Let’s Talk About Sex

Troy Beyera seven-year veteran of Sesame Street who went on to play the female lead in Robert Wise’s Rooftops and script B.A.P.S.wrote, directed, and appears in this low-budget independent feature. She plays a Miami advice columnist trying to launch a TV talk show in which young women talk about sex; Paget Brewster and Randi Ingerman play her two best friends, who help her shoot her pilot and talk a lot about their own sex lives. The sound bites of real interviews that punctuate this romantic comedy-drama give it some flavor and raunchy directness, but the movie turns phony every time a big emotional scene is called for and fatuous elevator music (its volume turned way up) chimes in. With Joseph C. Phillips, Michaline Babich, and Tina Nguyen. (JR)

Published on 31 Aug 1998 in Featured Texts, by admin

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The Governess

The Governess

Like Jane Campion’s The Piano, this first feature by writer-director Sandra Goldbacher is less a story about the 19th century than a fantasy about the 19th century, and as such even more erotic. The singular Minnie Driver (Circle of Friends, Good Will Hunting) plays a stagestruck Sephardic Jew in London in the 1840s. After her father is murdered she has to support her surviving family and, concealing her Jewish identity, secures a job as a governess on a remote Scottish island. The man of the house (Tom Wilkinson) is an inventor experimenting with photography, and after serving as his lab assistant she becomes romantically involved with him, though she’s also pursued by his troubled adolescent son (Jonathan Rhys Meyers). Goldbacher’s story is not always convincing as history, but it’s absorbing as a sort of gothic romance and sensually quite potent, and Driver carries it all with grace and authority. With Florence Hoath, Harriet Walter, and Bruce Myers. Evanston, Pipers Alley. –Jonathan Rosenbaum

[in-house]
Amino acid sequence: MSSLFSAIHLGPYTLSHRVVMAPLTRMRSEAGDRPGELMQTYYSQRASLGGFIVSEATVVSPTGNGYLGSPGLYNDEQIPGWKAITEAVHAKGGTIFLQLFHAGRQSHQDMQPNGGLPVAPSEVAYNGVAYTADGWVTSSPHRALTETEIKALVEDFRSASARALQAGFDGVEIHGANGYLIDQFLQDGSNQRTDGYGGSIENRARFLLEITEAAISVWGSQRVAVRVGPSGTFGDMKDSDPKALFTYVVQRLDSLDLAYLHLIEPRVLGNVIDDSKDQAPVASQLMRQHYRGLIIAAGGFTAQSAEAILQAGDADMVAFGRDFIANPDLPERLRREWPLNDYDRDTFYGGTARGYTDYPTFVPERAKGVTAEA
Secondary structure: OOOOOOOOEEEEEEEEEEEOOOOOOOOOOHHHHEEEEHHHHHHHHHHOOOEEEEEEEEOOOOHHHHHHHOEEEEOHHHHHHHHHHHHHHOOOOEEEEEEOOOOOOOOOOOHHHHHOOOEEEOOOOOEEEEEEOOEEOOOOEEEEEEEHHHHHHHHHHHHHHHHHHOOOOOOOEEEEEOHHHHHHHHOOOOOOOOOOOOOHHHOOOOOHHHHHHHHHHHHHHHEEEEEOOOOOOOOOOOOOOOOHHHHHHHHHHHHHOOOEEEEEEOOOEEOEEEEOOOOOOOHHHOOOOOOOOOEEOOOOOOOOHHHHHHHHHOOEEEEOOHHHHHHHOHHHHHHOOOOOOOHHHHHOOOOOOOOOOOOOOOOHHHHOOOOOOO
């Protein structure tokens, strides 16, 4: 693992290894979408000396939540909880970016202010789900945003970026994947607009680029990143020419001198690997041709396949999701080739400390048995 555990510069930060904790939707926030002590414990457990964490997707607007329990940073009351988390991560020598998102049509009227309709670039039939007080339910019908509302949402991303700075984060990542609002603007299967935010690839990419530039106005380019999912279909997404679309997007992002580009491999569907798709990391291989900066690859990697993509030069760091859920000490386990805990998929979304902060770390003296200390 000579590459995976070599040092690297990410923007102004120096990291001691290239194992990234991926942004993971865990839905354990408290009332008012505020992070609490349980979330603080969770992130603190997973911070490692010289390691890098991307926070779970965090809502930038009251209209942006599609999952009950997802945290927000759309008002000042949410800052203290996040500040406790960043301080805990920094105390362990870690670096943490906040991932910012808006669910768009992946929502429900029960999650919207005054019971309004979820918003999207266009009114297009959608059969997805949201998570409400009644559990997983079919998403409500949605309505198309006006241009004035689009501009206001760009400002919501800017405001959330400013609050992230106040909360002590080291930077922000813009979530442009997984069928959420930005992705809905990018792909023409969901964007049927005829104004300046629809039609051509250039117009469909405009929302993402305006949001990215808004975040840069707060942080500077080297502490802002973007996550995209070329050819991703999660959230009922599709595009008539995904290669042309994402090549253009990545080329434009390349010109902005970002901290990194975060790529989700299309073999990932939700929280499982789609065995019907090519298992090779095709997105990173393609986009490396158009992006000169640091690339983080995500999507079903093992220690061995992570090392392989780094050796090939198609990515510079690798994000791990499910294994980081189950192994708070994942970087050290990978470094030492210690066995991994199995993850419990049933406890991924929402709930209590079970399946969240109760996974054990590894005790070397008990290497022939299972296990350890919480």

Art accompanying story in printed newspaper (not available in this archive): film still.

Published on 21 Aug 1998 in Featured Texts, by jrosenbaum

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Return to Paradise

Return to Paradise

Compared to the self-righteous xenophobia and hypocritical pornography of Oliver Stone and Alan Parker’s Midnight Express, this drama about a Malaysian drug bust and its consequences for three young Americans is serious, intelligent, and powerful. Three buddies (Vince Vaughn, David Conrad, and Joaquin Phoenix) do some adolescent carousing in Malaysia, then the first two leave the third behind. Two years later a lawyer (Anne Heche) notifies them that their friend has been arrested for possession of hashish, has been serving a prison term, and will be hung unless they go back to share the blame. If they both go back, each will have to serve three years, but if only one goes back, he’ll have to serve six. None of the moral ramifications of this dilemma is avoided, and to the film’s credit the behavior of the American press seems more questionable than the machinations of third-world justice. Directed by the talented Joseph Ruben (The Stepfather, Sleeping With the Enemy) and sharply written by Wesley Strick and Bruce Robinson, who adapted a 1989 fact-based French feature by Pierre Jolivet, Force majeure. With Jada Pinkett Smith. Broadway, Evanston, Lake, McClurg Court. –Jonathan Rosenbaum

Art accompanying story in printed newspaper (not available in this archive): film still.

Published on 14 Aug 1998 in Featured Texts, by jrosenbaum

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